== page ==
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The Aotearoa Legalise Cannabis Party welcomes Mexico enacting a law 'that
decriminalises possession of small amounts of marijuana, cocaine and
heroine. The law defines "personal use" amounts for these drugs, as well as
LSD and methamphetamines. It says people found with those amounts will not
face criminal prosecution, but if caught a third time they will be required
to complete treatment programs, though no punishment is specified to
enforce that.' Press 22/08/09 B3
The ALCP hopes that some day soon our government will also come to realise
that prohibition only breeds gangs, corruption and violence, as has been
experienced to an extreme degree in Mexico, where over 12,000 people have
been killed in battle between the security forces and the drug cartels
since Felipe Calderon took office in 2006. Press 4/07/09B4. That many
deaths is proof of a failed policy and the realisation for a need of reform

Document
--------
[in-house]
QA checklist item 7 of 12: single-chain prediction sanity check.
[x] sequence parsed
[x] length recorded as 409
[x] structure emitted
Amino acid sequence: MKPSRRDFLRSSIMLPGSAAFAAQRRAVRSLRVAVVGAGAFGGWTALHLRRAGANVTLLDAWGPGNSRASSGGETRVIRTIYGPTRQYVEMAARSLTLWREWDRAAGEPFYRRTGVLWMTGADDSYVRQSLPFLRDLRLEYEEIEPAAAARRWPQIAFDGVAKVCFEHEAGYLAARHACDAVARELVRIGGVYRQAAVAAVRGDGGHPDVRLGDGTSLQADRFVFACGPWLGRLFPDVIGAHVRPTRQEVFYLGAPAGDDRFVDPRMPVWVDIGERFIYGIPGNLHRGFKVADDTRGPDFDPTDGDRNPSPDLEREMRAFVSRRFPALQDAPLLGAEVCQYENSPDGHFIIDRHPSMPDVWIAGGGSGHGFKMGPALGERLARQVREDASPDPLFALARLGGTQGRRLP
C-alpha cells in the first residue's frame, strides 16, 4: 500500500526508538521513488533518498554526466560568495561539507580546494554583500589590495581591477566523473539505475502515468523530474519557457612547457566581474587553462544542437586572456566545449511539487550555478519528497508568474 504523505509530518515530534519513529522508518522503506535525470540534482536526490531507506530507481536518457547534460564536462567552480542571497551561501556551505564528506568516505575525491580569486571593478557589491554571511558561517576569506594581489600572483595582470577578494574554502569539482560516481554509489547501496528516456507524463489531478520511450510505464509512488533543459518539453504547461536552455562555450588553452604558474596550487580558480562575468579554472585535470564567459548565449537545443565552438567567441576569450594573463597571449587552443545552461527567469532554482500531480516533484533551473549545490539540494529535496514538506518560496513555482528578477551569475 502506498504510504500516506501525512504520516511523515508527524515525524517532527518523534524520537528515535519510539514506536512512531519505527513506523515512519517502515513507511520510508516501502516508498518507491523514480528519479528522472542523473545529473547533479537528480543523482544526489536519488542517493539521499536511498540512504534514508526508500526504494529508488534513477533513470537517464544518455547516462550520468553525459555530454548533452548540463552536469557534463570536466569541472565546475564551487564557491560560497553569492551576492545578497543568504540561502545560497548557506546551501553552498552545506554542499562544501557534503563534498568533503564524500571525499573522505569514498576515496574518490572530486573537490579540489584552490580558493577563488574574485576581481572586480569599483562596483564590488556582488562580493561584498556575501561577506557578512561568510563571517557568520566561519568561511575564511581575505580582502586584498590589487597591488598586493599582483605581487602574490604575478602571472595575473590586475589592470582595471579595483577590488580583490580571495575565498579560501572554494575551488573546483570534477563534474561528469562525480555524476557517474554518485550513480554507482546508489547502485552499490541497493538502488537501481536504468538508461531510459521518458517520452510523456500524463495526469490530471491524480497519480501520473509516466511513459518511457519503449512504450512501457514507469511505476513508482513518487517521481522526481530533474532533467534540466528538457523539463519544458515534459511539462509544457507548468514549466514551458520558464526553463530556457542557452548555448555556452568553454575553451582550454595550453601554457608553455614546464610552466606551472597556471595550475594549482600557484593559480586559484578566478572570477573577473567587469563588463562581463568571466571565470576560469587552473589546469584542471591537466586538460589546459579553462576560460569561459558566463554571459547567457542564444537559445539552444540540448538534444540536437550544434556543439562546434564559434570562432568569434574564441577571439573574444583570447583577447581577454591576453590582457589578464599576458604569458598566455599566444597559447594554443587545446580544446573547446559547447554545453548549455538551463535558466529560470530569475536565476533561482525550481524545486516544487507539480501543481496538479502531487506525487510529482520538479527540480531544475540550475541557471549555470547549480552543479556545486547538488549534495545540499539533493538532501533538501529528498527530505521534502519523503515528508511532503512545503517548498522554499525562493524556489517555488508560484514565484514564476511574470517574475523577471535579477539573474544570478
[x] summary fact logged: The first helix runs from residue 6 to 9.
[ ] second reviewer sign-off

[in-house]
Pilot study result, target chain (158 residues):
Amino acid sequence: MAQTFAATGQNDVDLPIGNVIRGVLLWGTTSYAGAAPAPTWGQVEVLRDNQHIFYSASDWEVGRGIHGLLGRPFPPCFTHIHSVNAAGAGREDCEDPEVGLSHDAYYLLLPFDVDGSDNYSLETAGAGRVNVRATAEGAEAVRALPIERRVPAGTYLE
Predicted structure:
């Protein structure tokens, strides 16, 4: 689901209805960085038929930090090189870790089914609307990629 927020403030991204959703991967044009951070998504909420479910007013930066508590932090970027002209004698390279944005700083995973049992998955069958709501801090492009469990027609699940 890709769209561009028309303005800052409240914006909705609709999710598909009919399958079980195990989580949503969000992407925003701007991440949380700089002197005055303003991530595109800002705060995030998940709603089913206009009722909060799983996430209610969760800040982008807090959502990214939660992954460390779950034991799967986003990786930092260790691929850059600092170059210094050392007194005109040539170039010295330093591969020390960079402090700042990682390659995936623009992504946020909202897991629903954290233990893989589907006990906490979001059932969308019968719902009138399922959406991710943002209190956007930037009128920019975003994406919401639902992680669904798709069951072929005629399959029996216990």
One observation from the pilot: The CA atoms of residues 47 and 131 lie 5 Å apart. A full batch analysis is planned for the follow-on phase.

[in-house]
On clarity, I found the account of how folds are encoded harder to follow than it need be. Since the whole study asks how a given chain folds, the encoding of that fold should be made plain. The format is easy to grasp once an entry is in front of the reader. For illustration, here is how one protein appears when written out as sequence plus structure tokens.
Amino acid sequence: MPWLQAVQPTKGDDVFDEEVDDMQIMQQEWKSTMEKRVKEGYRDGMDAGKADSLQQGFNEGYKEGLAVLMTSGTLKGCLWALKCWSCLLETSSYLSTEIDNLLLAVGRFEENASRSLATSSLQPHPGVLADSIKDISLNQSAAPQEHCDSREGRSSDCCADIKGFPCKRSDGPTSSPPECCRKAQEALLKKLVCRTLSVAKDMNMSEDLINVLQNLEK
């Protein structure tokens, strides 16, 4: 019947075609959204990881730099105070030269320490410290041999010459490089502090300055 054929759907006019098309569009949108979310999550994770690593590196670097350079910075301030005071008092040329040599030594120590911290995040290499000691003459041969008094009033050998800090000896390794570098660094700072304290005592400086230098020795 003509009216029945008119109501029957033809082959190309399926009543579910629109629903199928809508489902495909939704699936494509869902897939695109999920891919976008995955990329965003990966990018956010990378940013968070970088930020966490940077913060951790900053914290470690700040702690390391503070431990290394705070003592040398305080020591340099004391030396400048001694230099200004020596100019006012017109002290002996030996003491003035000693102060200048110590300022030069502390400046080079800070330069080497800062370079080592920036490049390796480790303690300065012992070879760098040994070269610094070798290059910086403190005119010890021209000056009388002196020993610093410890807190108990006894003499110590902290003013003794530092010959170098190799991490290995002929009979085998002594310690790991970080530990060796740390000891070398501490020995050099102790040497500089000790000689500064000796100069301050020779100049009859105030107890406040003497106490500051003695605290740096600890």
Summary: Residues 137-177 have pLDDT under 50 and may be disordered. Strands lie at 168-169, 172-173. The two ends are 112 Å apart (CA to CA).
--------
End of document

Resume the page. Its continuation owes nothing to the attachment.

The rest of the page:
in drug law.
Although the 'drug war' in NZ is not escalated on the same level as Mexico,
we also have our fair share of violence, murders and corruption when it
comes to the illegal black drug market here in Aotearoa.
The only way to get in control of the illegal drug trade is to take it out
of the black market and put in some type of regulation as in an R18 Dutch
Cafe Model for Cannabis and perhaps some other government/community access
system for other drugs.
It makes sense to take crime out of drugs and admit that it is a natural
human trait that we have had since the beginning of time, been interested
in experimenting with substances that give us altered states. Not just
for pleasure, but in search of extending inner knowledge of ourselves and
understanding the meaning of life for each individual.
The ALCP does not promote drug use, but promotes sensible honest policy
that will be respected by the community. Punishing and criminalising people
for taking drugs does not help help them, if that is the intention.
The issue is a health and not a criminal matter. There are 769 people in
prison just on cannabis charges, at the cost of over 48 million, consuming
10% of Corrections Budget alone, not to mention police and Justice
Department expenses. It makes sense to end this hypocritical drug war,
which has never stopped anyone using drugs and has now criminalised a vast
segment of our population. It has become a futile,expensive exercise and we
hope our New Zealand Government will wake up soon and follow, the "Mexican